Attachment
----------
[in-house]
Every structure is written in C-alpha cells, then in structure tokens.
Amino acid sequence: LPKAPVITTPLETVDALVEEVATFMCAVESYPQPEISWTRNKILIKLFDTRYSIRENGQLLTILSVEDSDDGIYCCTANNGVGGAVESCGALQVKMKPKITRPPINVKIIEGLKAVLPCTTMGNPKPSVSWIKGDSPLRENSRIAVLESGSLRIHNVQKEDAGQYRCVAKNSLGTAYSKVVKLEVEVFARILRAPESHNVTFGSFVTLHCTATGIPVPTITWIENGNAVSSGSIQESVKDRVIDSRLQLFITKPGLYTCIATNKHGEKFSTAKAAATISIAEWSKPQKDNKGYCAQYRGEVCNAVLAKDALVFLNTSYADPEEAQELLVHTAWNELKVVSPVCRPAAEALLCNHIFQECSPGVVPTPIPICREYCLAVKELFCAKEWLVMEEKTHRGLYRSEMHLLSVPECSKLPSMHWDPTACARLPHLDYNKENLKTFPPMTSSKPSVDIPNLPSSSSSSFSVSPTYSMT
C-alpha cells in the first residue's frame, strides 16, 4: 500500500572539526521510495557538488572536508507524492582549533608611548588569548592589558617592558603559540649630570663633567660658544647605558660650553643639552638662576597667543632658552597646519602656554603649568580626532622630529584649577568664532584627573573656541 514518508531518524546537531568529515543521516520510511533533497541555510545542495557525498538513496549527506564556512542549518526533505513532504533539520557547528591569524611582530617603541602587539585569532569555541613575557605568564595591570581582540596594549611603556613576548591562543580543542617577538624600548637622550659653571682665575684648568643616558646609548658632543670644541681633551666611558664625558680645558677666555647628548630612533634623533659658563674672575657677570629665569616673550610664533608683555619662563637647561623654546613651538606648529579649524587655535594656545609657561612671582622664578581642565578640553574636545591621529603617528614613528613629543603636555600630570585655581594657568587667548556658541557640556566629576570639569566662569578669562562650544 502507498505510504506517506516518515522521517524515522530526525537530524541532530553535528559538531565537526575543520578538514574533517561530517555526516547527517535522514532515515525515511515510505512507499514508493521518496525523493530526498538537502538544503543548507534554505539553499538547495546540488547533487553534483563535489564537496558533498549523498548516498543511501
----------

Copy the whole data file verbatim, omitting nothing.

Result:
[in-house]
Every structure is written in C-alpha cells, then in structure tokens.
Amino acid sequence: LPKAPVITTPLETVDALVEEVATFMCAVESYPQPEISWTRNKILIKLFDTRYSIRENGQLLTILSVEDSDDGIYCCTANNGVGGAVESCGALQVKMKPKITRPPINVKIIEGLKAVLPCTTMGNPKPSVSWIKGDSPLRENSRIAVLESGSLRIHNVQKEDAGQYRCVAKNSLGTAYSKVVKLEVEVFARILRAPESHNVTFGSFVTLHCTATGIPVPTITWIENGNAVSSGSIQESVKDRVIDSRLQLFITKPGLYTCIATNKHGEKFSTAKAAATISIAEWSKPQKDNKGYCAQYRGEVCNAVLAKDALVFLNTSYADPEEAQELLVHTAWNELKVVSPVCRPAAEALLCNHIFQECSPGVVPTPIPICREYCLAVKELFCAKEWLVMEEKTHRGLYRSEMHLLSVPECSKLPSMHWDPTACARLPHLDYNKENLKTFPPMTSSKPSVDIPNLPSSSSSSFSVSPTYSMT
C-alpha cells in the first residue's frame, strides 16, 4: 500500500572539526521510495557538488572536508507524492582549533608611548588569548592589558617592558603559540649630570663633567660658544647605558660650553643639552638662576597667543632658552597646519602656554603649568580626532622630529584649577568664532584627573573656541 514518508531518524546537531568529515543521516520510511533533497541555510545542495557525498538513496549527506564556512542549518526533505513532504533539520557547528591569524611582530617603541602587539585569532569555541613575557605568564595591570581582540596594549611603556613576548591562543580543542617577538624600548637622550659653571682665575684648568643616558646609548658632543670644541681633551666611558664625558680645558677666555647628548630612533634623533659658563674672575657677570629665569616673550610664533608683555619662563637647561623654546613651538606648529579649524587655535594656545609657561612671582622664578581642565578640553574636545591621529603617528614613528613629543603636555600630570585655581594657568587667548556658541557640556566629576570639569566662569578669562562650544 502507498505510504506517506516518515522521517524515522530526525537530524541532530553535528559538531565537526575543520578538514574533517561530517555526516547527517535522514532515515525515511515510505512507499514508493521518496525523493530526498538537502538544503543548507534554505539553499538547495546540488547533487553534483563535489564537496558533498549523498548516498543511501